ATSDR places particular emphasis on populations that are sensitive to chemical exposure, such as children, pregnant and nursing women, and older adults. See this ATSDR fact sheet for more information.
At this point during the in-depth toxicological analysis, you need to determine whether special characteristics of the contaminant and of the site community might affect public health conclusions.
Remember that sensitive populations are considered when ATSDR and EPA develop health guidelines (MRLs, RfDs, and RfCs). An uncertainty factor (e.g., a factor of 10) is generally applied to help ensure sensitive populations are amply protected. Thus, when hazard quotients during your EPCs and Exposure Calculations Evaluation are below 1, it is highly unlikely that even the most sensitive populations would be adversely affected by exposure to that level of contaminant alone. ATSDR acknowledges that multiple chemicals and specific mixtures like polycyclic aromatic hydrocarbons (PAHs) and dioxins, can be either additive or synergistic in their toxicity. This topic of mixtures is discussed in the Multiple Chemical Exposures section.
Information on potentially sensitive populations can be found in the Toxicological Profiles (see Children and Other Populations that are Unusually Susceptible).
Factors that can make certain populations more sensitive to environmental exposures are described below:
- Age. Children differ from adults in their exposures and can differ in their susceptibility to certain hazardous contaminants. It is ATSDR policy that children’s health issues must be considered at all sites. (See box for special considerations when evaluating children’s health issues.)
Understanding when exposures occurred during critical development periods is important. This is particularly true for teratogens like TCE, which has been shown to cause fetal heart malformations in mice exposed in utero. Also crucial is knowing how a contaminant exerts its effect (i.e., its MOA).
For instance, for chemicals that act through a mutagenic (DNA damaging) MOA, exposure during early-life stages can result in a higher cancer risk compared to the same exposure in children involving a carcinogen that is not mutagenic. EPA has identified contaminants that have a mutagenic MOA, and accounts for this in their CSFs and IURs used to calculate site-specific cancer risks. Health assessors can use the CVs and Health Guidelines Module within PHAST to identify mutagenic carcinogens. PHAST also provides other important cancer information, as shown in the example below for 1,2,3-trichloropropane.
When evaluating the possible public health significance of child exposures at your site, consider the following questions:
- What health effects have been observed in children? At what doses?
- Do epidemiologic or medical studies exist that suggest a special effect on children? Do exposure data exist?
- What health effects have been observed in adults exposed during childhood?
- What conclusions, if any, can be drawn from animal studies (are animal models relevant to children)?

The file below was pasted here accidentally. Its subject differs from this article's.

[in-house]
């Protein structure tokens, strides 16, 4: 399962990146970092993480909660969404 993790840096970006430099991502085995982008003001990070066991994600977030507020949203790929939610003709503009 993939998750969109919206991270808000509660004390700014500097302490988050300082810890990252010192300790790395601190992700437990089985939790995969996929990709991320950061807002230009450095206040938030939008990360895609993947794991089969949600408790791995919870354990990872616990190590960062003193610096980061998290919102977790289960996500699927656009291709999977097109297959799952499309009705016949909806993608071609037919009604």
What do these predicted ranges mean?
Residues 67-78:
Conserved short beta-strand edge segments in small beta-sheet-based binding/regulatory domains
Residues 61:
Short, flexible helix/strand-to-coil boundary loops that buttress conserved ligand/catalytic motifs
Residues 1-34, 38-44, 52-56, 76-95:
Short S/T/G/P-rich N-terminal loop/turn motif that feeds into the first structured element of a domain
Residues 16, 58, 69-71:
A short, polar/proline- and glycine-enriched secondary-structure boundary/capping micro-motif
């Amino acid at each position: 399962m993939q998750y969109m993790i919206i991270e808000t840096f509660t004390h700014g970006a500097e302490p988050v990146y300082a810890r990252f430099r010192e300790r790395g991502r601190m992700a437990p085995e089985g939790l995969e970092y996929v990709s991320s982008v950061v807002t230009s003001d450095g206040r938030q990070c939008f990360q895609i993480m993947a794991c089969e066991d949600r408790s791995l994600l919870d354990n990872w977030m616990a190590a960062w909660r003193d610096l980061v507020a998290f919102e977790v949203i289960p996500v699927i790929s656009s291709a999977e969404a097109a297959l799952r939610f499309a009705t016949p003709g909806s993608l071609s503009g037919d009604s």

- Do differences in pharmacokinetics/ pharmacodynamic parameters and metabolism make children more susceptible to a particular contaminant than adults?
- What is known about a contaminant’s characteristics (physical, chemical, toxicological) that would harm the developing fetus (e.g., can the contaminant or its active metabolites cross the placenta)?
- Can the contaminant or its active metabolites reach—and be excreted in—breast milk?
- Is the developmental process (e.g., neurological development) altered by the contaminant of interest?
- What is the critical window of exposure (e.g., during the prenatal or postnatal period)?
- Is information related to childhood cancer available (related to prenatal or postnatal exposure)?
To account for the increased susceptibility of children to mutagenic carcinogens, as illustrated in the EPCs and Exposure Calculations section, ATSDR applies age-dependent adjustment factors (ADAFs) to the cancer risk equation using the following adjustments:
- Children birth < 2 years 10
- Children 2 to < 16 years 3
- Children and adults 16 and older 1
For one mutagenic carcinogen, vinyl chloride, sufficient data are available to derive age-specific CSFs. These age-specific CSFs can be used to estimate age-specific cancer risks for vinyl chloride. EPA has proposed two CSFs: one for early life exposure involving children and one for adult-only exposure. These two CSFs account for differences in susceptibility between exposure that begins in childhood and exposure that begins in adulthood. Therefore, ADAFs should not be used for vinyl chloride because the risk from early life exposure is already a part of the CSF and IUR. The PHAST Exposure Calculator calculates cancer risk for people who have 33 years of exposure starting at birth. When calculating a site-specific cancer risk for vinyl chloride, contact the ADS group for assistance.
Elderly populations can also have significantly heightened susceptibility to some contaminants because of lower functional capacities of various organ systems, reduced capacity to metabolize foreign compounds, and diminished detoxification mechanisms. It is difficult to generalize, however, because of variations across individuals and different rates in biological system breakdown. Older individuals can also have much different exposures than younger adults and children.